Jul 12, 2019

Housing Trends

Baby-Chasing Baby Boomers

We often look at the barbell of demographics, the Millennials and Baby Boomers, in isolation, but their interconnectedness is just as important. How are these so-called Baby Chasers, which are the 25% of Baby Boomer planning to retire near their grandchildren, even if in another state, changing housing dynamics across the country?

Opportunities In All Four Cardinal Directions

To capture the overlap between Baby Boomer and Millennial migration patterns, we created the Meyers Baby Chaser Index. Our index considers longer-term migration patterns as well as current trends for both demographics. The index shows:

  • Charlotte, Austin, Raleigh, Nashville, and Dallas are the top Baby Chaser markets
  • Charlotte’s appeal is high for both demographics looking at the current data and longer-term trend. Nashville’s relative growth, in comparison, is more recent
  • Dallas’ growth decelerated in the latest data for both age groups but remains among the highest in the country

Baby Boomers are often looked at as moneybags, but affordability is a top factor for homebuyers regardless of age. For those leaving their current city, retirees are often looking to sell their home, relocate, and pocket some money. That success depends on where they are coming from. In our top Baby Chaser market, Charlotte, for example, Rust Belt state relocators more frequently enter with less equity than those from New York. That’s why it is important to measure not only where people are moving to but also where they are coming from.

“The secret sauce for this homebuyer connects back to key drivers for the active adult market: 1) the ability to move down in size but not quality, and 2) pay for the new home with proceeds from the sale of a previous home with some cash left over. What differentiates the Boomer buyer from their parents’ retirement process is that the Boomer is moving to, not away, from the kids,”

Tim Sullivan, Senior Managing Principal

Across the country, we are seeing Baby Chasers scoop up homes adjacent to family-friendly locations. A great example of this is Lancaster County in Charlotte. Lancaster County is part of the greater Charlotte CBSA but is across the state line in South Carolina.

The county is a real hotbed for Baby Boomers in Charlotte. Lancaster has the second-highest share of active adult projects in the metro according to Zonda, which isn't surprising. The county offers affordability, recreation options, a concentration of like-minded individuals, and hits the desired sweet spot of being within a 15- to 20-minute drive to their grandkids.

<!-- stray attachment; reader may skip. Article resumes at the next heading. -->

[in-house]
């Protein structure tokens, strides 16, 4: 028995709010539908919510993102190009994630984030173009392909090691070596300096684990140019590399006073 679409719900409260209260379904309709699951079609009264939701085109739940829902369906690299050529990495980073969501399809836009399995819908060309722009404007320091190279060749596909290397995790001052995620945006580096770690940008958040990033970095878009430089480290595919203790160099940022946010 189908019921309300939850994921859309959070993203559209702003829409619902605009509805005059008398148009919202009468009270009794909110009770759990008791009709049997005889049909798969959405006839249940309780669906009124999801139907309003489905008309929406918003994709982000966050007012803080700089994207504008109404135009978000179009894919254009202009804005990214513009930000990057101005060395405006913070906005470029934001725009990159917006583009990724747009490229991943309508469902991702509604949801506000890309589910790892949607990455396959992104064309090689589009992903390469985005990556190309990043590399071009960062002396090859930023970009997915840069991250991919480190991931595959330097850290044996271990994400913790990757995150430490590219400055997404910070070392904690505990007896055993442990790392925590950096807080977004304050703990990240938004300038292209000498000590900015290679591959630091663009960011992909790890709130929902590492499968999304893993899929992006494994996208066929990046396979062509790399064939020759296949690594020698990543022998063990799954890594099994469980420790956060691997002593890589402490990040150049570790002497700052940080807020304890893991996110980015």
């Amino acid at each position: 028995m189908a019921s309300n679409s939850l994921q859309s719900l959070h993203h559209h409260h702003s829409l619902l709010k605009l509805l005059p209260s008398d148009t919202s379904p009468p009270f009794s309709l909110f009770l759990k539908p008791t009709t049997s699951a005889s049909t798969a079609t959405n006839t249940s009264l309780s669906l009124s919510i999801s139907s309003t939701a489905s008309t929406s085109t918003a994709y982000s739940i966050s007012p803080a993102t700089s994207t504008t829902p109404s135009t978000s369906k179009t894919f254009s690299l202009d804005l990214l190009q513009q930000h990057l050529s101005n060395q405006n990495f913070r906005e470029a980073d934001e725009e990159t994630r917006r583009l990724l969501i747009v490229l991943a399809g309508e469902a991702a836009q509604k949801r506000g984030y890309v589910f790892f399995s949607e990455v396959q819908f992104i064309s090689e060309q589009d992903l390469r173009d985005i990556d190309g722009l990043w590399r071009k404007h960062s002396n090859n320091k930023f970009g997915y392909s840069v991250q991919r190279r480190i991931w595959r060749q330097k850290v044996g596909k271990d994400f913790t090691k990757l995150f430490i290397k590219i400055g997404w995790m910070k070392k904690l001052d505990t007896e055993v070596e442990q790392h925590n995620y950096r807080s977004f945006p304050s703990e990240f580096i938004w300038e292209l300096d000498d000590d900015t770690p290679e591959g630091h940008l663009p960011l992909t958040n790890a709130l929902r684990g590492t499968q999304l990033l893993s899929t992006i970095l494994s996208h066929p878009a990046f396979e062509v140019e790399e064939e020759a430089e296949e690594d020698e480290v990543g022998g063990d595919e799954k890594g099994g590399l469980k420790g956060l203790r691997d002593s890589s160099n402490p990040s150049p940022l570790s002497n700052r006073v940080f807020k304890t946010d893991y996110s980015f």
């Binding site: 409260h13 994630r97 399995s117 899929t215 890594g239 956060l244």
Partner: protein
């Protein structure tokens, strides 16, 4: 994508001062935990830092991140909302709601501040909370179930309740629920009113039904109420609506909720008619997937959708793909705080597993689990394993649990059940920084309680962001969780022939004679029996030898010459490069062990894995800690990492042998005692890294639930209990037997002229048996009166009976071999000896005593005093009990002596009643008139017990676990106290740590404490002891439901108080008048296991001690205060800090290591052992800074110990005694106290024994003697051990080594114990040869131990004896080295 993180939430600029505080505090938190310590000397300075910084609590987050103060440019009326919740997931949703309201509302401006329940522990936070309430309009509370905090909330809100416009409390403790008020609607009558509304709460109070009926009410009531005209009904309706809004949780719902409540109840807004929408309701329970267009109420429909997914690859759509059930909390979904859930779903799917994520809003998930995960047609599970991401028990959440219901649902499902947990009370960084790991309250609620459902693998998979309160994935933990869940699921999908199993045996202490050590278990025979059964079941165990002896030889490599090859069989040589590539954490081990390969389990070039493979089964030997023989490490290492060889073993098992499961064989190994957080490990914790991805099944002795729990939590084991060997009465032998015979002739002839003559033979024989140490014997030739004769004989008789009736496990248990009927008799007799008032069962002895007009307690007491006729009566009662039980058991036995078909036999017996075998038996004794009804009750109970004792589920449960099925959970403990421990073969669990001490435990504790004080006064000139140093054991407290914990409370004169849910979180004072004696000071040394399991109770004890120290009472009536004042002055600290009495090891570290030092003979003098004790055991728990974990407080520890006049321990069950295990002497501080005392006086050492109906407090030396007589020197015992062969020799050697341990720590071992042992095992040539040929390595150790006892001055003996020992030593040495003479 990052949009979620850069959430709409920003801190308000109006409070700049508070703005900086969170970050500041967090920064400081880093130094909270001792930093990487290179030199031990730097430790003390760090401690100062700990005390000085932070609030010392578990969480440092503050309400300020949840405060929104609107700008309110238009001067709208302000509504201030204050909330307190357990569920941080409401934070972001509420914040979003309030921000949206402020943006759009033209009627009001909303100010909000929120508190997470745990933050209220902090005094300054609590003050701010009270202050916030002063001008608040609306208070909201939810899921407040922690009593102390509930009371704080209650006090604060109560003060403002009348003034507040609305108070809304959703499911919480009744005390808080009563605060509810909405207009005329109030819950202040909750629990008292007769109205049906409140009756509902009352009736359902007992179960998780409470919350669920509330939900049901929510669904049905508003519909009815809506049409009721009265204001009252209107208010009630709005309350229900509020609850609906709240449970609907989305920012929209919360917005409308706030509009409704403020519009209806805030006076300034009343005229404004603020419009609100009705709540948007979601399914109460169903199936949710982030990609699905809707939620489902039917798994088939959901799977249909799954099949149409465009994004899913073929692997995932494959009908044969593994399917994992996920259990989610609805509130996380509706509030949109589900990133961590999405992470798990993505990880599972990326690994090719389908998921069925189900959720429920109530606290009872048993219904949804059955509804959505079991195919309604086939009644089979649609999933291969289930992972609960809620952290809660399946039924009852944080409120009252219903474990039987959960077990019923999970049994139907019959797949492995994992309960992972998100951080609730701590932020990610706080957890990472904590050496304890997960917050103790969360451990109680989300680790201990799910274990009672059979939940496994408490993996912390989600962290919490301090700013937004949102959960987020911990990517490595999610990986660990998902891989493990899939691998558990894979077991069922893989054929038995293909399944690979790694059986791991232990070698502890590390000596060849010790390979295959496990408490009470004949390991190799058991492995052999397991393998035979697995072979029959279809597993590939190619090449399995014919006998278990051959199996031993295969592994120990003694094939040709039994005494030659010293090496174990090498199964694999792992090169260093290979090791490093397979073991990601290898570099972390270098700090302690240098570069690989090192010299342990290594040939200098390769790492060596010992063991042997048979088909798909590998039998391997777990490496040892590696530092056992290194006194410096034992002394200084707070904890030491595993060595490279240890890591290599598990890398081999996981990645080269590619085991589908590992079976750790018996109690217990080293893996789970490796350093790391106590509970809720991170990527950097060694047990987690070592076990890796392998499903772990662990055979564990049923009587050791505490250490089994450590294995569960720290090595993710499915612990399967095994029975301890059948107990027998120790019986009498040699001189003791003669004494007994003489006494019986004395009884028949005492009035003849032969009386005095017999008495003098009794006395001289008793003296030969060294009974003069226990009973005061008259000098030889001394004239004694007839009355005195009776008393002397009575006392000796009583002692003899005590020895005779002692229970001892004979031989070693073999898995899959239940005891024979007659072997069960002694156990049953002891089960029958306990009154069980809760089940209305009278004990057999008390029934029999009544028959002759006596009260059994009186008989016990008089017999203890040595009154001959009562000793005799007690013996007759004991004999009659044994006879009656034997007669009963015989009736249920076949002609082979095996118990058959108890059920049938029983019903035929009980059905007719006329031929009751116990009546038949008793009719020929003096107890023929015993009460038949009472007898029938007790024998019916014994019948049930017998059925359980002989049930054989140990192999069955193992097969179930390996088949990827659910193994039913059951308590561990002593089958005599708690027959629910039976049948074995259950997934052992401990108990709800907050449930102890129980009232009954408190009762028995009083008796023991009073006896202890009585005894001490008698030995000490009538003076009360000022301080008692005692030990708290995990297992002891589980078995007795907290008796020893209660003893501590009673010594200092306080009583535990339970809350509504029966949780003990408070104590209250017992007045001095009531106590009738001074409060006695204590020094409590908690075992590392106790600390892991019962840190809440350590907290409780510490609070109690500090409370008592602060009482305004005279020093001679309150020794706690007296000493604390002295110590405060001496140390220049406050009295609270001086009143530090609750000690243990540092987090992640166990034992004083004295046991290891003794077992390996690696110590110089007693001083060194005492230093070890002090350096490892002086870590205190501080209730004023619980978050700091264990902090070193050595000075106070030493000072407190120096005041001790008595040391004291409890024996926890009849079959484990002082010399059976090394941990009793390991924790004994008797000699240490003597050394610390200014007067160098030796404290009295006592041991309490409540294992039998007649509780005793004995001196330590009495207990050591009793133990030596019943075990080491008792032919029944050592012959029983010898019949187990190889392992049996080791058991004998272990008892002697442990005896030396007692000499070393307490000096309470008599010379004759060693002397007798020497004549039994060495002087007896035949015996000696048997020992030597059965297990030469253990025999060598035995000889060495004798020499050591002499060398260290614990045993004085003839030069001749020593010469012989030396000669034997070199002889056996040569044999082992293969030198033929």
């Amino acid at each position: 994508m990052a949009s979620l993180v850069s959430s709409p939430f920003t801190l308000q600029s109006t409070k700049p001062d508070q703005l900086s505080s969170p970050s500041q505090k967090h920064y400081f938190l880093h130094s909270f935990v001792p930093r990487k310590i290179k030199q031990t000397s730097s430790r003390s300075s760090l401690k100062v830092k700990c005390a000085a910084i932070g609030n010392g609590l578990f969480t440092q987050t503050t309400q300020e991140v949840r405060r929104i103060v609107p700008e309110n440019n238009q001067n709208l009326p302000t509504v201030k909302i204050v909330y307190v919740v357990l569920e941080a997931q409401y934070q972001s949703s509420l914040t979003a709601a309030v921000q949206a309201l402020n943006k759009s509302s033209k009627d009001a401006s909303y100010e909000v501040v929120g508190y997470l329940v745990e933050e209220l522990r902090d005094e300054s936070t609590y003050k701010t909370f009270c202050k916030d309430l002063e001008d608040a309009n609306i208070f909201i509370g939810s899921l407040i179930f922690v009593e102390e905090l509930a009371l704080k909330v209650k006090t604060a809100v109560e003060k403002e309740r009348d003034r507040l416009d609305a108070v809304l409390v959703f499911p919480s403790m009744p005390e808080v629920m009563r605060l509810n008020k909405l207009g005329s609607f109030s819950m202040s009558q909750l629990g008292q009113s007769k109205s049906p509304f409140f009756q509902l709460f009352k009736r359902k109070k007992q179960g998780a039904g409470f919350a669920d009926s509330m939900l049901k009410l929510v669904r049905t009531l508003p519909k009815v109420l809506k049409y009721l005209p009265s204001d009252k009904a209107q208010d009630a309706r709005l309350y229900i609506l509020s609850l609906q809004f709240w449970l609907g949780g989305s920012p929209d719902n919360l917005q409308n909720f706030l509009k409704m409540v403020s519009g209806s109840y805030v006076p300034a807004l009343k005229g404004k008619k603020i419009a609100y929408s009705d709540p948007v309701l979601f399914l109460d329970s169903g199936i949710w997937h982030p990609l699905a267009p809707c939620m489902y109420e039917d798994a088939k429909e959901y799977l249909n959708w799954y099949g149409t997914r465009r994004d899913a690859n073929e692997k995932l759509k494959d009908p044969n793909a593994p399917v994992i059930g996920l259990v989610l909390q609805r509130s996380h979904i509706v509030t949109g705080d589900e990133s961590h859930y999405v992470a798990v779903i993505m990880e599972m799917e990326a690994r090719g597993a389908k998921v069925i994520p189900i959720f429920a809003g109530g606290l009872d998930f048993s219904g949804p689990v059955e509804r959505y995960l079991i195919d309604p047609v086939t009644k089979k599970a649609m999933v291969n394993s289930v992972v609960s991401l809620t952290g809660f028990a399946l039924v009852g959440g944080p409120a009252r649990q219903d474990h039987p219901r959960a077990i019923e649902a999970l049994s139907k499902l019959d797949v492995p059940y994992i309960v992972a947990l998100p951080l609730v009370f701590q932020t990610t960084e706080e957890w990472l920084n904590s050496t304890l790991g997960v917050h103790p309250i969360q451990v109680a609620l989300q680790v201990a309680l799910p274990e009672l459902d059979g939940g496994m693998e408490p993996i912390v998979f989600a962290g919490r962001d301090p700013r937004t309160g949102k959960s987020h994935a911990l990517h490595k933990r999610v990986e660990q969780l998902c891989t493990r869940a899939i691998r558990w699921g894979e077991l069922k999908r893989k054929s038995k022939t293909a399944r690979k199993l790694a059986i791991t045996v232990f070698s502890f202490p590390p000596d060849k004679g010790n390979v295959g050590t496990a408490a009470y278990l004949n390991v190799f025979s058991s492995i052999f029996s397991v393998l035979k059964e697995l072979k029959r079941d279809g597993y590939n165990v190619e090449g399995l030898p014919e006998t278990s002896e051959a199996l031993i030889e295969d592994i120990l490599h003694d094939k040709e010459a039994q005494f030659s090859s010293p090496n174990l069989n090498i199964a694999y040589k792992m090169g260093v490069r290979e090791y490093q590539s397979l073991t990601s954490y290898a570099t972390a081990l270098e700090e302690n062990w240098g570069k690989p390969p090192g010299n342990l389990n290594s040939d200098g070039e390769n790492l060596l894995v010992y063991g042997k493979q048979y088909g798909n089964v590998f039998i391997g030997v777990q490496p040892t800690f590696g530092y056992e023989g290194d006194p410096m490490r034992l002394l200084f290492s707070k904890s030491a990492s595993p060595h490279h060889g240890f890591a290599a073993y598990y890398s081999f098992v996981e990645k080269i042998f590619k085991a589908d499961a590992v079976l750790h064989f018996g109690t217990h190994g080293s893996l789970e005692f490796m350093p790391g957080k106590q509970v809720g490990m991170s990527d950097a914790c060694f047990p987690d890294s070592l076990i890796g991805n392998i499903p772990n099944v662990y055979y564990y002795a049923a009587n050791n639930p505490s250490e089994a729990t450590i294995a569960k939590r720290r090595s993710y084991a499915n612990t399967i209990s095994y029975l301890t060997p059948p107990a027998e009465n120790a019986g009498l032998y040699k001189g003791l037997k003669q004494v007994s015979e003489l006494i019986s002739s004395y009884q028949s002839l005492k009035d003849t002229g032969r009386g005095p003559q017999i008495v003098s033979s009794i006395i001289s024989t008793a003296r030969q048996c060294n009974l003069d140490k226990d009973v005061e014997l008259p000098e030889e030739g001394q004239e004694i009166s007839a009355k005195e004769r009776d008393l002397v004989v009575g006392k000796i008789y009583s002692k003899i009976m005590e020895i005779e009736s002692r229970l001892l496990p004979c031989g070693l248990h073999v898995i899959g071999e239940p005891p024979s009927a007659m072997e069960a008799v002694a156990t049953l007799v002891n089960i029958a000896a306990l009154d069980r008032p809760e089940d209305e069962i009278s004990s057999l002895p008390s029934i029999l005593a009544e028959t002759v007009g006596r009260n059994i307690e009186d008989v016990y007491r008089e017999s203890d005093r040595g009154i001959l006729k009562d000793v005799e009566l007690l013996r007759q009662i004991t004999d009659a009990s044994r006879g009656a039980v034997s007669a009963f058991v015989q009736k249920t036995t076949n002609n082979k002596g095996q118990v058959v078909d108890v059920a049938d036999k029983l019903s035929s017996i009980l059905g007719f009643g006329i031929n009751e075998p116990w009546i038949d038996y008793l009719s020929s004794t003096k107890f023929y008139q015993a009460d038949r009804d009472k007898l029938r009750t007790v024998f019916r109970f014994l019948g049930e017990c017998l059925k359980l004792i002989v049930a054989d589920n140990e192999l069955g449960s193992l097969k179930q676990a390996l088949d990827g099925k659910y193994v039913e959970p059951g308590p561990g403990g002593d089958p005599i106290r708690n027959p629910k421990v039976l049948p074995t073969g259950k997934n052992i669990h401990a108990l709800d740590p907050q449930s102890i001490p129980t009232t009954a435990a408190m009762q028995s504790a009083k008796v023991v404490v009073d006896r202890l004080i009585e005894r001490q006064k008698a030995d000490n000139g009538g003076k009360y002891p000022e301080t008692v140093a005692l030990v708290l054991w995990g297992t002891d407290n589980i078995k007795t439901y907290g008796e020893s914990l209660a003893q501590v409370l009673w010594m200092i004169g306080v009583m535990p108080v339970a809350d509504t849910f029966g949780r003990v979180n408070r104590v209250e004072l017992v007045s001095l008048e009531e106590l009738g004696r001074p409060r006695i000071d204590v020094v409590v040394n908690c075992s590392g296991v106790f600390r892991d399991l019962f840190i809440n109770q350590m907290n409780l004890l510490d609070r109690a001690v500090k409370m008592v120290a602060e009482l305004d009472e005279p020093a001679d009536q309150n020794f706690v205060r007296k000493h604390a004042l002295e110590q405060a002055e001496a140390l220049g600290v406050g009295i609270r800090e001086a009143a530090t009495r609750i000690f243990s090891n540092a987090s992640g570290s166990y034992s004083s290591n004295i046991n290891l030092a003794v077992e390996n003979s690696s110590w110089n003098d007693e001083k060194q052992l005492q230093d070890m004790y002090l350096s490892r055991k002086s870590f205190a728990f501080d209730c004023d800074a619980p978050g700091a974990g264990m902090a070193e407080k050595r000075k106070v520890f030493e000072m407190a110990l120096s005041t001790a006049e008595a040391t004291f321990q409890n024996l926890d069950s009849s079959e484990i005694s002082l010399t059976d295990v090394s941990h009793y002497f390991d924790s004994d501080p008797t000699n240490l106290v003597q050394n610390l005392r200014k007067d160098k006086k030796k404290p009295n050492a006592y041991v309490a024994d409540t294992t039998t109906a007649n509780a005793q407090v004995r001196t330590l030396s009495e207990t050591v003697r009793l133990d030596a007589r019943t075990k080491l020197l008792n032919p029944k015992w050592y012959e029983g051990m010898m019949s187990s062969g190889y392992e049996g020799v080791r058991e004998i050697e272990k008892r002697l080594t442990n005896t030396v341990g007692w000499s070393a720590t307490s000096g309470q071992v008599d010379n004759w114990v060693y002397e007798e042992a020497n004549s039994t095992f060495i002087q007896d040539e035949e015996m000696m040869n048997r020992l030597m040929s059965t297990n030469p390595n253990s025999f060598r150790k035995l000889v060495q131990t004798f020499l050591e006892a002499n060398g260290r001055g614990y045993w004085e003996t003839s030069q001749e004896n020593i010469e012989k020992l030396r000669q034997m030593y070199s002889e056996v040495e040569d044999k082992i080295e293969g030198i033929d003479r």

Shaun McCutcheon, Senior Manager, Advisory

Lancaster County is attracting Baby Boomers for many reasons: 

  • Developer friendly. Planning departments are willing to work with developers by fast-tracking project approvals and allowing for density.
  • Sandwiched between good family options. Because of the aforementioned preferred drive time to kids and grandkids, Baby Chasers often end up either in a good school district or near one. In Lancaster County’s case, the area is sandwiched between Union County to the East and York County to the West, both of which offer excellent schools and a reasonable commute to employment concentrations in Charlotte.
  • Favorable tax environment. South Carolina ranks a notch higher than North Carolina for retiree tax friendliness offering both some of the lowest property taxes in the country without a hit to Social Security benefits. 

Tree Tops by Lennar is a well-positioned active adult community that is the best-selling in the county. The gated community offers outdoor amenities with 19 different ranch-style floorplans and prices ranging from $264,000 to over $460,000.

blog-baby-chasing-baby-boomers

Source: Tree Tops by Lennar

From our research, here are the top three things we’ve observed from Baby Chasers:

  1. Smaller but not small. The top preferred size of Baby Boomers is under 2,500 square feet, according to our Consumer Sentiment and Product Insights Survey
  2. Make room for the grandkids. Consider larger living areas, spare bedrooms, and outside activities to keep the young ones entertained 
  3. Promote taxes benefits. If your state is retiree-friendly or can benefit a buyer moving from a market negatively impacted by the changes to state and local income taxes, make that front and center on marketing materials 

Thanks to technology and programs like FaceTime, moving to see grandkids grow up isn’t the only option anymore. But those looking to move to the same town as their adult children often have specific needs.

Contact us to discuss how we can help you target the right buyers.

Ali Wolf

Director, Economic Research

Ali Wolf

Director, Economic Research


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